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- Posts: 339048
- Joined: Tue Aug 11, 2009 9:32 am
Not really a chances question but I suppose it partly is. Currently finalizing all of my transfer applications and am unclear on how far into the T14 it would be worth applying. Second semester grades are trickling in but could be anywhere from top 1% if things go moderately well to top ~5% if things go moderately poorly. Was well within top 5% after first semester. At a Midwestern T1, KJD. Other info: shit GPA (upward trend, at least) from a very good undergrad, mid 160s LSAT. Currently taking on around $25k a year in debt once cost of living is factored in. Assume money is only kind of a factor; family could help if it came to that (though would prefer it not).
I am applying H, Y, CCN. California is generally out of the picture for me. Beyond these schools I am trying to decide where to apply. I am thinking MVPN, Duke, and maybe (?!) Vandy (ties to the area) (wisdom on this forum seems to indicate Duke and UVA are problematic at best for out of state applicants). No Cornell either probably because of the whole OCI thing. No Georgetown, feel like taking on the debt would not be worth it for a likely govt. job. So I essentially would be big law or nothing. I am transferring more for the long run benefits (general prestige, clerkship, etc. etc.). Yes I have already thought about what I'd be giving up at my old school so spare me.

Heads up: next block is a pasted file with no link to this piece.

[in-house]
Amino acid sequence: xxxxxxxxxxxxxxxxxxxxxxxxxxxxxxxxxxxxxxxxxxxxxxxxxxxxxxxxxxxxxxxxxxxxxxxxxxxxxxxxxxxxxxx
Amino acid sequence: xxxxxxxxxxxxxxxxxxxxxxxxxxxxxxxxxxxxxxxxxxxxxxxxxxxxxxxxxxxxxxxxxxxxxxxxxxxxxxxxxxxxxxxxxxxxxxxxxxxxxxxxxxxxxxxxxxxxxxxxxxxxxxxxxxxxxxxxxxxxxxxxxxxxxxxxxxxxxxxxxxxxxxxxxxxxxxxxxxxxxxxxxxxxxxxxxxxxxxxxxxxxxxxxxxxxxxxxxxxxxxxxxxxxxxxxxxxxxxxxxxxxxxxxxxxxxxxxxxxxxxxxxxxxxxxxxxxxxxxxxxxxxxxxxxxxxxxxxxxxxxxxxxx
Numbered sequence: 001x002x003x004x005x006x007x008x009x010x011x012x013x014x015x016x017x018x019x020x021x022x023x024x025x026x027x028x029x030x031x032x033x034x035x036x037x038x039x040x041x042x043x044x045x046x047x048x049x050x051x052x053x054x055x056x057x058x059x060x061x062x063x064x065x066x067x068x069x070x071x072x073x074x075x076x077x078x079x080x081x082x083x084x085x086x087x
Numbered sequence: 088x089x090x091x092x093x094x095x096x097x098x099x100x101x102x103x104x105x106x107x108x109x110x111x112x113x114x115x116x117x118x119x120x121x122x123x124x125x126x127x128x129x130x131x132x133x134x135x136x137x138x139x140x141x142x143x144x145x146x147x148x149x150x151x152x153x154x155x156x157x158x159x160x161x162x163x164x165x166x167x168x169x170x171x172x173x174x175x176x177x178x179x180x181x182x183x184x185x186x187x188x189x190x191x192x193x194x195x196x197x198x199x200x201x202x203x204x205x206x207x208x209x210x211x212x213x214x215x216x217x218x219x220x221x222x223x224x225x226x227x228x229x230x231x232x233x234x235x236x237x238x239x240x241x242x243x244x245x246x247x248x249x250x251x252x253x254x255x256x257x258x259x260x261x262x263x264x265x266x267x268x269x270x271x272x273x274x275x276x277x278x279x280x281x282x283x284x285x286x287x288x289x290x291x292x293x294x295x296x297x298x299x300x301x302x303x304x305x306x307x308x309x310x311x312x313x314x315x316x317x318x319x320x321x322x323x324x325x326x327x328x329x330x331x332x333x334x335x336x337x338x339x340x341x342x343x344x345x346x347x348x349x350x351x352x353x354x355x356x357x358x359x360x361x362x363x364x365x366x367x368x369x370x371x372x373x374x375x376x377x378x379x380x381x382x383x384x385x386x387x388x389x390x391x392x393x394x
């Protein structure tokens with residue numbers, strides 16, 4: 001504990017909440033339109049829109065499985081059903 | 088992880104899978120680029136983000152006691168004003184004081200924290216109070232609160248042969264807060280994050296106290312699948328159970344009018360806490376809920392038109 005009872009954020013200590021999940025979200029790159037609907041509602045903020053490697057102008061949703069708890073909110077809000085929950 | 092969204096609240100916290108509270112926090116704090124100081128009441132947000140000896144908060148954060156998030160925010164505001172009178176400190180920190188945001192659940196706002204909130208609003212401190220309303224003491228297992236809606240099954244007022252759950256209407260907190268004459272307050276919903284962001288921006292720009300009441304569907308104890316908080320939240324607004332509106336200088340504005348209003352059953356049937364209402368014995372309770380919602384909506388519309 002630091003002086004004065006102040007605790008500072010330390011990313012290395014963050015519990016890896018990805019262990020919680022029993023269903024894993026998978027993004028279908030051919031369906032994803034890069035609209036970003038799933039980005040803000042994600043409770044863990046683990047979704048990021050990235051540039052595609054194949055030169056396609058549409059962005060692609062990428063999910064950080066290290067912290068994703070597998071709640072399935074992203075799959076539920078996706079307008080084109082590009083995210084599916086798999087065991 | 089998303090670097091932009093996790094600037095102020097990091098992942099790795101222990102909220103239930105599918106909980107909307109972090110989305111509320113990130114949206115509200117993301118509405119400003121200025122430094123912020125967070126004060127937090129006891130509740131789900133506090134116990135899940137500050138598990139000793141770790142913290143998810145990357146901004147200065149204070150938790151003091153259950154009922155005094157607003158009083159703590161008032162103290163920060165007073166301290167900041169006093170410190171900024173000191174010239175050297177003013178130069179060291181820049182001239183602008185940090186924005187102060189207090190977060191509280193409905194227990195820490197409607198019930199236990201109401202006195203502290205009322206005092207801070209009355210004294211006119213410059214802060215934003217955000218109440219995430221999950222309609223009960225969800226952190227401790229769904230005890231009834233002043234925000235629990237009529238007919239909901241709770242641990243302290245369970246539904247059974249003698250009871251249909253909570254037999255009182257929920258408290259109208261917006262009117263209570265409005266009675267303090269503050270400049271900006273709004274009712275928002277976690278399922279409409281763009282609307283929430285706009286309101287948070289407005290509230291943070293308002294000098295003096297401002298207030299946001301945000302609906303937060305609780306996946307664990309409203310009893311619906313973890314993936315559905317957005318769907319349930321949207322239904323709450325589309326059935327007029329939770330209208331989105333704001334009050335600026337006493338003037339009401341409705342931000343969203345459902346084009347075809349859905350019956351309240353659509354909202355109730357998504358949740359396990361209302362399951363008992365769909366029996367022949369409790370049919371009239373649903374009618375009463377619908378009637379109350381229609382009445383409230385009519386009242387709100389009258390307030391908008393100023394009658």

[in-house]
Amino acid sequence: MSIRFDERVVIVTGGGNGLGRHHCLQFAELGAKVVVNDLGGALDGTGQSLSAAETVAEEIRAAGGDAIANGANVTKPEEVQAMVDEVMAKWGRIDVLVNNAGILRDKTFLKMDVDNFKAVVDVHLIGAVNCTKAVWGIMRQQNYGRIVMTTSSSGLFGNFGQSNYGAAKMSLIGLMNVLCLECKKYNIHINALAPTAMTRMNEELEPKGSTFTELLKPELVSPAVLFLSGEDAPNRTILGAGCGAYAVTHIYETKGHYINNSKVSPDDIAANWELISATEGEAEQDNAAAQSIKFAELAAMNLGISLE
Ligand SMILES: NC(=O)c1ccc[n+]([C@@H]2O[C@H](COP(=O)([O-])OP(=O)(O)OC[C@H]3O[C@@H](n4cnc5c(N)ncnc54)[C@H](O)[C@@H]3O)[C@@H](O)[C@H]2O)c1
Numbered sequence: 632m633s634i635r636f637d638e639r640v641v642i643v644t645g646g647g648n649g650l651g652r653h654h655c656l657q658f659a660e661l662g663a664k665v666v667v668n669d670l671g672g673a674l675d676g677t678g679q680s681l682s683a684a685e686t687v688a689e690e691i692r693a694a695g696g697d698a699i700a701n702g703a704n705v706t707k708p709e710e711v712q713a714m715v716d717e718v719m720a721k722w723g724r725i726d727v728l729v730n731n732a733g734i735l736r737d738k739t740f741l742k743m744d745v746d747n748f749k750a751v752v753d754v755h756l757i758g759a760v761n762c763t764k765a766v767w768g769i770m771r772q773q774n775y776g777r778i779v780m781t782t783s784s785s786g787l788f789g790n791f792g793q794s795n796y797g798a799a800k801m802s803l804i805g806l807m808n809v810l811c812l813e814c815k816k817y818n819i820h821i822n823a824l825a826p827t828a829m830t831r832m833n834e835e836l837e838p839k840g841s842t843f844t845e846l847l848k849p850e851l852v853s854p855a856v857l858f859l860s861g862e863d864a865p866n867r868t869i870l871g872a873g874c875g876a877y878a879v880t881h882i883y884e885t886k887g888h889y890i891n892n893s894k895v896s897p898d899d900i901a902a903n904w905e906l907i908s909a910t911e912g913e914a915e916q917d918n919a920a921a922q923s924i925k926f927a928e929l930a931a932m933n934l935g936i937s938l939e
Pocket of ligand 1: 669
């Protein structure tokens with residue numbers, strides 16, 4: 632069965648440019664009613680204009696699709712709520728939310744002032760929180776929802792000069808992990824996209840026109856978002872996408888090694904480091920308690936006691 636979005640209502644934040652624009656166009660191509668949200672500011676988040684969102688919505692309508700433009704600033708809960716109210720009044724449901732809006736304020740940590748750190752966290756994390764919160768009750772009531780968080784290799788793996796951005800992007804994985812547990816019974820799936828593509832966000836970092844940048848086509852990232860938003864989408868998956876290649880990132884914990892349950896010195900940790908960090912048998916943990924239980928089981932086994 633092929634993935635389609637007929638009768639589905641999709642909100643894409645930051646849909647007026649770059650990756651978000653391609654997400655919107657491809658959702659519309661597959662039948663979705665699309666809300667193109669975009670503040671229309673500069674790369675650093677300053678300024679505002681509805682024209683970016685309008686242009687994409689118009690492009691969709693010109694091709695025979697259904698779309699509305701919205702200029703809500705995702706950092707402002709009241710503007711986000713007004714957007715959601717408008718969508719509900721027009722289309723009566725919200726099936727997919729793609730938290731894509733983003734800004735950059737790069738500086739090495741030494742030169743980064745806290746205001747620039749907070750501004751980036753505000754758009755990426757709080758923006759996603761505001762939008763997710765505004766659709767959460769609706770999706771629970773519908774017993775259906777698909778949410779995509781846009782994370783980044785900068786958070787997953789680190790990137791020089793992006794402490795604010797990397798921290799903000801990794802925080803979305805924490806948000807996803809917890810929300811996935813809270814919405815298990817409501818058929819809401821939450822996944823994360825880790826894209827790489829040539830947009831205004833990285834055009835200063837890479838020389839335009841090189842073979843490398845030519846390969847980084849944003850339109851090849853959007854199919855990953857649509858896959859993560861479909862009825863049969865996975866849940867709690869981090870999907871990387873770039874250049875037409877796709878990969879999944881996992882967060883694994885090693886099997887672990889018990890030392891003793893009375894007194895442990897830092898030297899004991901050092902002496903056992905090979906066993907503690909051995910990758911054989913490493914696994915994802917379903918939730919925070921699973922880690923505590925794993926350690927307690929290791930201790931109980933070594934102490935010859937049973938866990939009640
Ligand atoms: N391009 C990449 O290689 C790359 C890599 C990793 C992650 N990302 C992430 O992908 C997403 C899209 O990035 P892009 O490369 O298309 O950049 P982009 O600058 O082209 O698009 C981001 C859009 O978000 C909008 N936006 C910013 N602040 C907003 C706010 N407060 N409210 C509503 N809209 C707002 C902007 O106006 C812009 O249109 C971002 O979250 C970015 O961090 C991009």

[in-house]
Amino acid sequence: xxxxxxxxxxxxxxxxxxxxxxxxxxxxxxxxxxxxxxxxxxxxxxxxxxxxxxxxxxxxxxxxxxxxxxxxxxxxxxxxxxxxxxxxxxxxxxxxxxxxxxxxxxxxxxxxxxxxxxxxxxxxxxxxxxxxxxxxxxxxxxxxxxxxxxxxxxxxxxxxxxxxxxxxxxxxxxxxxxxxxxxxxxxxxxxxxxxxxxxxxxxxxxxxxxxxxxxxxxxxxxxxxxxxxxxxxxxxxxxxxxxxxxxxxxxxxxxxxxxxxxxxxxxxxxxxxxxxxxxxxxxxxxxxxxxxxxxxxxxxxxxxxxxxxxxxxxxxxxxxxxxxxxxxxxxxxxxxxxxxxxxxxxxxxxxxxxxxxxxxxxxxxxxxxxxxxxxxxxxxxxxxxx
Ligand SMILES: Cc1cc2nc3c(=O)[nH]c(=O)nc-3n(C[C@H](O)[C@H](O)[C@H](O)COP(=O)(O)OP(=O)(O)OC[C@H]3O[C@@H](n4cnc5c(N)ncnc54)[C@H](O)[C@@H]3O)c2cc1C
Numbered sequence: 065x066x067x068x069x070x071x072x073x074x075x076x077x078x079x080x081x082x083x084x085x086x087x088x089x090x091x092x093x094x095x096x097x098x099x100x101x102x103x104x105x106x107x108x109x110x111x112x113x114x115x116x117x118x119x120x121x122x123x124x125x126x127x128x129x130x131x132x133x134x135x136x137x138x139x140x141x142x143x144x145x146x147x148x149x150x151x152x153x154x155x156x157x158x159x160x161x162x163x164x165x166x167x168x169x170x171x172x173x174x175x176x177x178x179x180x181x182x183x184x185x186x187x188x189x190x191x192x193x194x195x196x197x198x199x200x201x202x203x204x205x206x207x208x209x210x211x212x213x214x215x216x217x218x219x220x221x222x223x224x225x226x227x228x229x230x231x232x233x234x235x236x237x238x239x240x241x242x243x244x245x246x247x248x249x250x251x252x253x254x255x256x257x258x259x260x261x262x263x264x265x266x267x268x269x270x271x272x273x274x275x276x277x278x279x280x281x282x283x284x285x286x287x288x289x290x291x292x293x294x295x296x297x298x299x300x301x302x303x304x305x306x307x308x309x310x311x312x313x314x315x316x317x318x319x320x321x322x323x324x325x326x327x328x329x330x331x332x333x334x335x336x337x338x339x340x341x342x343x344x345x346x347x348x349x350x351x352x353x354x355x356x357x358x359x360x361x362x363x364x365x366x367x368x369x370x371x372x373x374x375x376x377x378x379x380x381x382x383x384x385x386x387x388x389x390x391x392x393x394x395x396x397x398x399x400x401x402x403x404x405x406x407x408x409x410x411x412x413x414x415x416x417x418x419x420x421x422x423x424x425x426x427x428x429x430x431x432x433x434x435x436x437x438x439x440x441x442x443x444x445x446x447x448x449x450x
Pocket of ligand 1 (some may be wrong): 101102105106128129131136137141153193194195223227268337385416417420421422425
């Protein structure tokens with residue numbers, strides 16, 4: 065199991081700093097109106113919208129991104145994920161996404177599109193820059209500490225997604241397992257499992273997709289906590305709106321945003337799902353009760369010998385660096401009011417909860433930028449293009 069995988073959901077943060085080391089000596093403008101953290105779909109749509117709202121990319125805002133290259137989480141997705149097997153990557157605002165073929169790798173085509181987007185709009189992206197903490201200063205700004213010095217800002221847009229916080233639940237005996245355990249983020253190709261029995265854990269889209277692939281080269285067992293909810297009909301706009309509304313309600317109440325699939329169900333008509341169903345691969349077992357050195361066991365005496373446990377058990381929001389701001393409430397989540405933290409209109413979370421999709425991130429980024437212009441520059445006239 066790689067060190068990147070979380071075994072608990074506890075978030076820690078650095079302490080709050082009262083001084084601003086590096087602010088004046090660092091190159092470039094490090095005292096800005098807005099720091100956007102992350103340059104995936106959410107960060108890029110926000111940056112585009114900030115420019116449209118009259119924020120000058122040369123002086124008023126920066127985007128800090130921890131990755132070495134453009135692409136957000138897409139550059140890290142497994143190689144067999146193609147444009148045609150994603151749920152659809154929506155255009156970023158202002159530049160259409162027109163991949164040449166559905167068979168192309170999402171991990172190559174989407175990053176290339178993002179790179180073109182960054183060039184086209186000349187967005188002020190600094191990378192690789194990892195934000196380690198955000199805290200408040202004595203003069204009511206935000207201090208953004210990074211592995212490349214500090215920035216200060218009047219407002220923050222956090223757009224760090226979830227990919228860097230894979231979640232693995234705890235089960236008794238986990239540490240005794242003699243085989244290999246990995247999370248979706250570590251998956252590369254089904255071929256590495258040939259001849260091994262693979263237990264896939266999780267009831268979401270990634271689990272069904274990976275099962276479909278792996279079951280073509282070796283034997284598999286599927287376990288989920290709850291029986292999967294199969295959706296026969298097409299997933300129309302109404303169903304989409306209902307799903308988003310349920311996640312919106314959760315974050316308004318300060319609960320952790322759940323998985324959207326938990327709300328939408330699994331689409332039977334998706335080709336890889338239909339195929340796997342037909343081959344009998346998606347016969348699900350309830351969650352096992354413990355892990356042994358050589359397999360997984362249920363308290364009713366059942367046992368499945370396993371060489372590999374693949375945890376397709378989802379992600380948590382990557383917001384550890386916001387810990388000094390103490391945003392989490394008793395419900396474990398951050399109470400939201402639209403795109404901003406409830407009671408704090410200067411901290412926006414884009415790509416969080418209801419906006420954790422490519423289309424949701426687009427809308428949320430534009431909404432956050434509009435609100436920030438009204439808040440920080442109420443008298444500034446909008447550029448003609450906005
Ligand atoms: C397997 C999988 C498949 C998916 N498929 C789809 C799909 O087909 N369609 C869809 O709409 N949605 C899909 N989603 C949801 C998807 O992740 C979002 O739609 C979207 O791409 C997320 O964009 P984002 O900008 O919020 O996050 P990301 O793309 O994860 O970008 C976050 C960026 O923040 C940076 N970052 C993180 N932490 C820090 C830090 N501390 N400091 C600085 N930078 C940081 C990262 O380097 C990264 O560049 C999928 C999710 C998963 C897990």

I am really looking for generalized advice. Outside of the first group of schools mentioned, where would it be worth actually going? Allow me to also note I am applying broadly because at a certain point I would probably use the acceptance to bargain for more money with my current school. Essentially, how far out of the T6 should I apply in order to have an acceptance that would be able to carry some weight in re-negotiating aid; how far out of the T6 would it be worth it (long term) to actually transfer; and last but not least, chance me for CCN (realize HY probably not happening).
Thank you very much
- Posts: 105
- Joined: Fri Dec 30, 2016 4:12 am
Regarding your chance me question: While you are correct about Yale, I don't think I'd say Harvard is "not happening." Top 5% at at T1 is right where need to be minimally and you might end up ranking higher. I think you have a great shot at CCN as well. I have similar stats to you (except I know all of my 1L grades) - Top 2.5% at a T1 school. Mixed UG GPA - very strong finish but a few black marks early on. Low 160s LSAT. I used the spreadsheet from one of the pinned threads to figure out the odds of not getting into one of YSHCCN - they are pretty low - 6%. Obviously, it was a quick and dirty calculation since I don't know actual probabilities for someone in our situation at each school but I think it's likely a good estimate.